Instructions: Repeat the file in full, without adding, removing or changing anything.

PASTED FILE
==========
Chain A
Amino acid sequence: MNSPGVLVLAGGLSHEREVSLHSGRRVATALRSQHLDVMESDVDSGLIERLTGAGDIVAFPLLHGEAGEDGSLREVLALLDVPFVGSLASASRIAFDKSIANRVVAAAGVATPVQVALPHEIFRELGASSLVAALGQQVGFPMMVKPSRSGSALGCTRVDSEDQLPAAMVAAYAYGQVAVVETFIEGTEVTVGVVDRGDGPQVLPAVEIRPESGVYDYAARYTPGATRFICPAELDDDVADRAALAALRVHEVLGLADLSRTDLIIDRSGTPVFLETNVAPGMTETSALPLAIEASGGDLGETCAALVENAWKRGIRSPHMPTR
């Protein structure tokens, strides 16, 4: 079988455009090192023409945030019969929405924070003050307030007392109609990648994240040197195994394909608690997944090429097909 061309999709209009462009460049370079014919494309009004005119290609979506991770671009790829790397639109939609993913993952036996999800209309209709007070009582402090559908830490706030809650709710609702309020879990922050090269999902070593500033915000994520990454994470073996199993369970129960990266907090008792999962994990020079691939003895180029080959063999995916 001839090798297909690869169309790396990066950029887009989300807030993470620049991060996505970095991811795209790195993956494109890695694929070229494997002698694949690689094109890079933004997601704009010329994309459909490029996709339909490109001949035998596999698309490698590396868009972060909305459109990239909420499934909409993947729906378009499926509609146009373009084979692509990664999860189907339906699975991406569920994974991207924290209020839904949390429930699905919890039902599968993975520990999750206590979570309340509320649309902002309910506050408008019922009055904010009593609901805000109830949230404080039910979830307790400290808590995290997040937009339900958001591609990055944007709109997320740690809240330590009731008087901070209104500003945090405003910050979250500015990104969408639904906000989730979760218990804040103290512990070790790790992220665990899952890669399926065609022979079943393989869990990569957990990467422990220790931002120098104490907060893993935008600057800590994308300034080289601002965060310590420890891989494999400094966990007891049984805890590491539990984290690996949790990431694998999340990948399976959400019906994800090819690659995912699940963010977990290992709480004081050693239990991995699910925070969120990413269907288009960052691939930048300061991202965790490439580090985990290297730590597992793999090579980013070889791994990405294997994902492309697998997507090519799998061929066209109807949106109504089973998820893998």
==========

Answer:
Chain A
Amino acid sequence: MNSPGVLVLAGGLSHEREVSLHSGRRVATALRSQHLDVMESDVDSGLIERLTGAGDIVAFPLLHGEAGEDGSLREVLALLDVPFVGSLASASRIAFDKSIANRVVAAAGVATPVQVALPHEIFRELGASSLVAALGQQVGFPMMVKPSRSGSALGCTRVDSEDQLPAAMVAAYAYGQVAVVETFIEGTEVTVGVVDRGDGPQVLPAVEIRPESGVYDYAARYTPGATRFICPAELDDDVADRAALAALRVHEVLGLADLSRTDLIIDRSGTPVFLETNVAPGMTETSALPLAIEASGGDLGETCAALVENAWKRGIRSPHMPTR
């Protein structure tokens, strides 16, 4: 079988455009090192023409945030019969929405924070003050307030007392109609990648994240040197195994394909608690997944090429097909 061309999709209009462009460049370079014919494309009004005119290609979506991770671009790829790397639109939609993913993952036996999800209309209709007070009582402090559908830490706030809650709710609702309020879990922050090269999902070593500033915000994520990454994470073996199993369970129960990266907090008792999962994990020079691939003895180029080959063999995916 001839090798297909690869169309790396990066950029887009989300807030993470620049991060996505970095991811795209790195993956494109890695694929070229494997002698694949690689094109890079933004997601704009010329994309459909490029996709339909490109001949035998596999698309490698590396868009972060909305459109990239909420499934909409993947729906378009499926509609146009373009084979692509990664999860189907339906699975991406569920994974991207924290209020839904949390429930699905919890039902599968993975520990999750206590979570309340509320649309902002309910506050408008019922009055904010009593609901805000109830949230404080039910979830307790400290808590995290997040937009339900958001591609990055944007709109997320740690809240330590009731008087901070209104500003945090405003910050979250500015990104969408639904906000989730979760218990804040103290512990070790790790992220665990899952890669399926065609022979079943393989869990990569957990990467422990220790931002120098104490907060893993935008600057800590994308300034080289601002965060310590420890891989494999400094966990007891049984805890590491539990984290690996949790990431694998999340990948399976959400019906994800090819690659995912699940963010977990290992709480004081050693239990991995699910925070969120990413269907288009960052691939930048300061991202965790490439580090985990290297730590597992793999090579980013070889791994990405294997994902492309697998997507090519799998061929066209109807949106109504089973998820893998």